Dr. Becker responded on February 6th, 1998 in a brief letter, in which he first said of ordination, “Ordination itself, of course, is not clearly mandated in the New Testament, and is instead the result of an extra-biblical historical development,” with the words “For the sake of unity of the church, let me state clearly that I do not advocate for the ordination of women to the pastoral office.” He concluded with the words, “Because I am working very hard to finish my dissertation I really cannot respond to you any further on this matter.” His answer, even though he did say that he did not advocate the ordination of women, did not say that the pastoral office was only for men and that the Missouri Synod was not wrong when it said it was only for men. In view of what he said at Roselle this is what he had been asked to confess.

There on February 27, 1998 a letter was sent to Dr. Becker’s district president, Warren Schumacher. After detailing the letters sent to and received from Dr. Becker, it contained the words, “It is precisely because there are varying views about ordination in the church, and Becker’s description of it in the above quoted sentence clearly shows this, that my request of Professor Becker did not include the word ordination. I asked him to give the assurance that he confesses and teaches, as our Synod in the face of many Lutheran Churches who disregard what God’s Word says in this matter, holds that the divinely ordained pastoral office is limited to men. He has not given me this assurance. In his presentation at Roselle, He said otherwise. In this he errs.”

Since President Schumacher “failed to act within 90 days after receipt of the written complaint,” as required by Synod’s by laws, the matter was brought to the attention of Synod President Al Barry.

Many letters followed, to review them all would make this historical review unduly lengthy. Two letters of Dr. Barry however are significant. One of October 16th, 1998 to President Schumacher, president of the Northwest District where Becker was teaching, included the words, “However, the Praesidium did feel that it needs some very clear answers and commitments from Professor Becker to the following:

  1. That he present no additional papers on the subject of women serving in the pastoral ministry until this entire matter is cleared up.
  2. That he is definitely not teaching something divergent from Synod’s position here in his classes.
  3. That without reservation he holds and will teach the position of the synod in this connection.

The other significant letter of President Barry included these words addressed to Dr. Becker, “The members of the Praesidium have requested that I write to you on their behalf and ask for a simple ‘yes’ or ‘no’ answer to two questions. Both of these questions refer to the Word of God and are as follows:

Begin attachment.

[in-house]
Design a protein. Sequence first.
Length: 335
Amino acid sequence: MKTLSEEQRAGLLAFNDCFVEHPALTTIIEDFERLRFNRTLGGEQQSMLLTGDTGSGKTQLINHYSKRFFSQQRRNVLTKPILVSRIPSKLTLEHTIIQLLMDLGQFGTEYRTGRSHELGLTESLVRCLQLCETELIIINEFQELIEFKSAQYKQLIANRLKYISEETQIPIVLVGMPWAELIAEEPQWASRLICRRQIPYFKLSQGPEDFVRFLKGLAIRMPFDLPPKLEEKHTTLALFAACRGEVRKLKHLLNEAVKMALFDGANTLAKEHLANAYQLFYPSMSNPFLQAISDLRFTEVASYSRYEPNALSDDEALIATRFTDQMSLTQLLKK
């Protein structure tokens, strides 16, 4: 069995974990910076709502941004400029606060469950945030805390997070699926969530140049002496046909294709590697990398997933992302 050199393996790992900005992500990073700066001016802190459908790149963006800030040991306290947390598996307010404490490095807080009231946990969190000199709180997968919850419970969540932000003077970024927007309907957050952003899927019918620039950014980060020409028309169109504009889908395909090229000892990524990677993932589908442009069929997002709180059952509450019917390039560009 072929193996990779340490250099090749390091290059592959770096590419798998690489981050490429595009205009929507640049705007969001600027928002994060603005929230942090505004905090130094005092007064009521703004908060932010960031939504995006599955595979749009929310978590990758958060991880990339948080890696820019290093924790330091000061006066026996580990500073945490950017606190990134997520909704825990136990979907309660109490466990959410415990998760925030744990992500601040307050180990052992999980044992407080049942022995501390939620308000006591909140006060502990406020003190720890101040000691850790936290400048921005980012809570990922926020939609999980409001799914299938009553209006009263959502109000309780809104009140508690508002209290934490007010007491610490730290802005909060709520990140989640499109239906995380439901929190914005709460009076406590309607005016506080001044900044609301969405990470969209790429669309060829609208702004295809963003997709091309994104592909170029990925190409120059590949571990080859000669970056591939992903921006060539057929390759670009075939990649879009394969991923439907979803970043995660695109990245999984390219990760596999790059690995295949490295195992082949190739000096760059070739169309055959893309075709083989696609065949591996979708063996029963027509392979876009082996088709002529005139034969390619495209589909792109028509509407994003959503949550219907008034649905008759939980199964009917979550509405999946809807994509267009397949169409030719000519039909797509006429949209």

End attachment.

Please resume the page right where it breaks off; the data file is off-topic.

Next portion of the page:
1. Do you believe and clearly affirm that according to the Word of God, the pastoral office is to be held only by men?
  2. Do you believe and clearly affirm that to teach that the Lutheran Church-Missouri Synod is wrong when it confesses that only men should hold this office is to teach contrary to the Word of God?”

Dr. Becker never answered these questions. A ruling by the Commission on Constitutional matters took the matter out of the hands of the Praesidium, in whose jurisdiction the constitution did place it, but which constitution also said it could be in the hands of the Board of Regents. The CCM ruling gave the matter to the Portland Board of Regents.

When Dr. Becker was made aware of this he responded on December 20th 1999.

“I received a big christmas present early.

I have it on good authoriy that once CU Portland’s board of regents receives the offical minutes of this Dec CCM meeting, it will direct Walter Otten to go back to step one of bylaw 6:47: a face to face meeting (at his expense) with yours truly, something he’s never undertaken…

More importantly, the CCM has ruled contrary to Dr. Barry’s (i.e. Paul McCain’s) reading of the bylaws. The matter of Otten’s ‘charges’ against me are officially off the table of Dr. Barry, and Otten has to go back to ‘GO’ (and he doesn’t get to collect $2oo.oo): in fact he will have to shell out a few bucks if he wants to pursue fraternal discussion with me per 6:47. Even if he wants to pursue charges with me, I am confident that the CU Board of Regents, once it would have to conduct its investigation, will support the conclusion of my district president.”

This scribe did not go back to “GO” as Becker suggested. Becker’s theological security in the north west was more than my purse was willing to risk.

President Harrison may have to go back to “GO,” but he does the constitution with him that says what the duties of the President of Synod are. Hopefully he can go forward without the interference of a CCM, perhaps even with its support on how to interpret the constitution so that the Synod can remain faithful to the faith once delivered to the saints.

The constitution of Synod ascribes these duties to the President.